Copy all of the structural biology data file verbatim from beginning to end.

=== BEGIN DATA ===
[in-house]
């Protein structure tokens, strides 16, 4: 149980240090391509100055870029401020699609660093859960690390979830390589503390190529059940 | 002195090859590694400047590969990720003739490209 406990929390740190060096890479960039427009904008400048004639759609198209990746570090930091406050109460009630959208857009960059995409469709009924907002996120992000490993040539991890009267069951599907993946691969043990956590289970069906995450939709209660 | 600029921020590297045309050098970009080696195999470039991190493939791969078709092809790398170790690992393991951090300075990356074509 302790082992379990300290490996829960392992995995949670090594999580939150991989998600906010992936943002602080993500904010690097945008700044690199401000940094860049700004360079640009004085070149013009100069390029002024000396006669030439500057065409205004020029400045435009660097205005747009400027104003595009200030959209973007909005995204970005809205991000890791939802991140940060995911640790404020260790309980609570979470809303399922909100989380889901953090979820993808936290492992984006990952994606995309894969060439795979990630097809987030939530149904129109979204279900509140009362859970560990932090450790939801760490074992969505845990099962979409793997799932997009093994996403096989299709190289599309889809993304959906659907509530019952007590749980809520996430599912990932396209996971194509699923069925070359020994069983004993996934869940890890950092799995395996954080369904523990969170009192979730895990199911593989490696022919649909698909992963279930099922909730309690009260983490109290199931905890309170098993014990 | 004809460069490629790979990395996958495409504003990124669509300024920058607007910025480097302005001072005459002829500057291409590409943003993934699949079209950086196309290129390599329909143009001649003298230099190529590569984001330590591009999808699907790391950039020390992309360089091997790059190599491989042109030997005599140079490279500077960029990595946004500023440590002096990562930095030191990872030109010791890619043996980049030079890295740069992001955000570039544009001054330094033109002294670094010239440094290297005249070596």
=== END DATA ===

[in-house]
């Protein structure tokens, strides 16, 4: 149980240090391509100055870029401020699609660093859960690390979830390589503390190529059940 | 002195090859590694400047590969990720003739490209 406990929390740190060096890479960039427009904008400048004639759609198209990746570090930091406050109460009630959208857009960059995409469709009924907002996120992000490993040539991890009267069951599907993946691969043990956590289970069906995450939709209660 | 600029921020590297045309050098970009080696195999470039991190493939791969078709092809790398170790690992393991951090300075990356074509 302790082992379990300290490996829960392992995995949670090594999580939150991989998600906010992936943002602080993500904010690097945008700044690199401000940094860049700004360079640009004085070149013009100069390029002024000396006669030439500057065409205004020029400045435009660097205005747009400027104003595009200030959209973007909005995204970005809205991000890791939802991140940060995911640790404020260790309980609570979470809303399922909100989380889901953090979820993808936290492992984006990952994606995309894969060439795979990630097809987030939530149904129109979204279900509140009362859970560990932090450790939801760490074992969505845990099962979409793997799932997009093994996403096989299709190289599309889809993304959906659907509530019952007590749980809520996430599912990932396209996971194509699923069925070359020994069983004993996934869940890890950092799995395996954080369904523990969170009192979730895990199911593989490696022919649909698909992963279930099922909730309690009260983490109290199931905890309170098993014990 | 004809460069490629790979990395996958495409504003990124669509300024920058607007910025480097302005001072005459002829500057291409590409943003993934699949079209950086196309290129390599329909143009001649003298230099190529590569984001330590591009999808699907790391950039020390992309360089091997790059190599491989042109030997005599140079490279500077960029990595946004500023440590002096990562930095030191990872030109010791890619043996980049030079890295740069992001955000570039544009001054330094033109002294670094010239440094290297005249070596």